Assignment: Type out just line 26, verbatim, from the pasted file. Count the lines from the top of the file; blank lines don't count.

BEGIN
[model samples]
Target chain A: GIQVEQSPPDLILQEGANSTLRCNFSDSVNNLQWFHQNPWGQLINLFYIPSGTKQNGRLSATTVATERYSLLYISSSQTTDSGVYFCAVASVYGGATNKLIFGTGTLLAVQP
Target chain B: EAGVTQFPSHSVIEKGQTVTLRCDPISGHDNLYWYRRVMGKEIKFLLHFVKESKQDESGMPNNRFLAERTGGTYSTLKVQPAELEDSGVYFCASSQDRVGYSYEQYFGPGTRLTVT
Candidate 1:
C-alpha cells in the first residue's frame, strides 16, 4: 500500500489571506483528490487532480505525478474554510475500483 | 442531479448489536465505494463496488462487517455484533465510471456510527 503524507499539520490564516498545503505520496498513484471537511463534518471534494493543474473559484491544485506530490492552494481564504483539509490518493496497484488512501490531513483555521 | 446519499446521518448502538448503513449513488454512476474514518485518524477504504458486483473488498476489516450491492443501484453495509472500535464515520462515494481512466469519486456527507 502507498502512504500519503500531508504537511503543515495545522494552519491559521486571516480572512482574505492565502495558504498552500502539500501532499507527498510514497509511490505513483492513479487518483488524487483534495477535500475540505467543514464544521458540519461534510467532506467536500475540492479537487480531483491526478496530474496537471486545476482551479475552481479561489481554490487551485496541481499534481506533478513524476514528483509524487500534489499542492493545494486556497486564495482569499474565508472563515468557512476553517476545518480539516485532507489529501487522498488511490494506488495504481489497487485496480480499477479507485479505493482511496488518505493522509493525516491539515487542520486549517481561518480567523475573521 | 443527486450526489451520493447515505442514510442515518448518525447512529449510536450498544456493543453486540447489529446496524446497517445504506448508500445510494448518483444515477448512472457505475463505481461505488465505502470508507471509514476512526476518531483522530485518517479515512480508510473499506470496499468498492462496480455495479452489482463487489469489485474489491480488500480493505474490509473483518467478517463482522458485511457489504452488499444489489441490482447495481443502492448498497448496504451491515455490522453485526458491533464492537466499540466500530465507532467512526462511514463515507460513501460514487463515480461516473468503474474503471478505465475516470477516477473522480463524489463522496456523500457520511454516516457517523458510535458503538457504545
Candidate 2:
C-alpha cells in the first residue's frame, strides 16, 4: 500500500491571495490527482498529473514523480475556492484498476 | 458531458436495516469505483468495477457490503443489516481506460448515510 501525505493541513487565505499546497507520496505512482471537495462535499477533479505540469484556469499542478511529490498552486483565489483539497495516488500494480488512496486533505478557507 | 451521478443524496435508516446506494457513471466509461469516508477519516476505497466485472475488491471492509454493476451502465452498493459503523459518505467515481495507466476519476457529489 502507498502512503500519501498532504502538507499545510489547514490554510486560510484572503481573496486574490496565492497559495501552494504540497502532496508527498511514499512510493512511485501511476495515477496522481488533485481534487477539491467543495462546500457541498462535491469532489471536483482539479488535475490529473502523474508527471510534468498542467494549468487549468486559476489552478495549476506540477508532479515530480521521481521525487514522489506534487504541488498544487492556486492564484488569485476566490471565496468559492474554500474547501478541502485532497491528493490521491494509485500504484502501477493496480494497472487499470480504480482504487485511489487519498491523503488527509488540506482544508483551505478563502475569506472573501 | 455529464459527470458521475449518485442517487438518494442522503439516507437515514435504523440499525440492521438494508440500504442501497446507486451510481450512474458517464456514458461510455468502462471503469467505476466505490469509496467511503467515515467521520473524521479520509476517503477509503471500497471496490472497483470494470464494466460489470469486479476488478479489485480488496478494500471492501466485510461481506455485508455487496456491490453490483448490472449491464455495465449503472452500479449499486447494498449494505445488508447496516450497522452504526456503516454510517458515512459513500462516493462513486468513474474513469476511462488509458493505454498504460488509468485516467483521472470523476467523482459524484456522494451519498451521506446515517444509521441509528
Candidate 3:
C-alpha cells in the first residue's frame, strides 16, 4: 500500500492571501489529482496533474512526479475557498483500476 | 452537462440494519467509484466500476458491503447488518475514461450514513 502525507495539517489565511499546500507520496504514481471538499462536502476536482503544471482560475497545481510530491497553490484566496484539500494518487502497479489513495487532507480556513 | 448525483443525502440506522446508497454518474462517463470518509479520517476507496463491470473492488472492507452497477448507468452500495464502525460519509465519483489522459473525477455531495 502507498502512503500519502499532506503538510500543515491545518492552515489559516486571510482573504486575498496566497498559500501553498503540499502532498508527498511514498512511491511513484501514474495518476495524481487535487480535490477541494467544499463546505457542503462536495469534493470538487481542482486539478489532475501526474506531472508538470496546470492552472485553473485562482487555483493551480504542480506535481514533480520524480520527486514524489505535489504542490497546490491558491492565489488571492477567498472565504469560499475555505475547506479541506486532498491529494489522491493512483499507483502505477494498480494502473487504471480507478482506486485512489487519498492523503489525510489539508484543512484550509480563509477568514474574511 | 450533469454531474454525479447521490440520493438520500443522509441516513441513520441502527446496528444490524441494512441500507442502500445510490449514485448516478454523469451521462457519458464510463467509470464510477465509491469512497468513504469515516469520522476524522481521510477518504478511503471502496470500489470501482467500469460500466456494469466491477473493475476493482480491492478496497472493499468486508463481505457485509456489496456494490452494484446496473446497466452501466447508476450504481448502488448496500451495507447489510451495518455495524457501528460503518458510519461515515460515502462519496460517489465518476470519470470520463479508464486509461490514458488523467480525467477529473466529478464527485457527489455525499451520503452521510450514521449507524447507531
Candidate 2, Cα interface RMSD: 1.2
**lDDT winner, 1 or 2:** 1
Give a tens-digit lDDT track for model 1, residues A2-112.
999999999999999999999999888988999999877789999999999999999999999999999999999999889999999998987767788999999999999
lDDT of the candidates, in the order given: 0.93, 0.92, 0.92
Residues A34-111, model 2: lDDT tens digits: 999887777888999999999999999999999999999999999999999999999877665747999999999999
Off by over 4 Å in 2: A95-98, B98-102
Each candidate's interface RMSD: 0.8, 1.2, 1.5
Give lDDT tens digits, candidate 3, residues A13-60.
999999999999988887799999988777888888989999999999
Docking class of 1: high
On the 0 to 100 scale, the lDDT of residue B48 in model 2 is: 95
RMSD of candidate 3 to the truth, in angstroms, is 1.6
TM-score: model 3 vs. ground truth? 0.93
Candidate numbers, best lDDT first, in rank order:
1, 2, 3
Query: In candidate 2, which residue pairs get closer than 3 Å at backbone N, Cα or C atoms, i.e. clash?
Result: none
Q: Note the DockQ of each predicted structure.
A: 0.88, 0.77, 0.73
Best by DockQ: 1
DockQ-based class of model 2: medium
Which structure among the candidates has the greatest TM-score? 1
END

Query: In candidate 2, which residue pairs get closer than 3 Å at backbone N, Cα or C atoms, i.e. clash?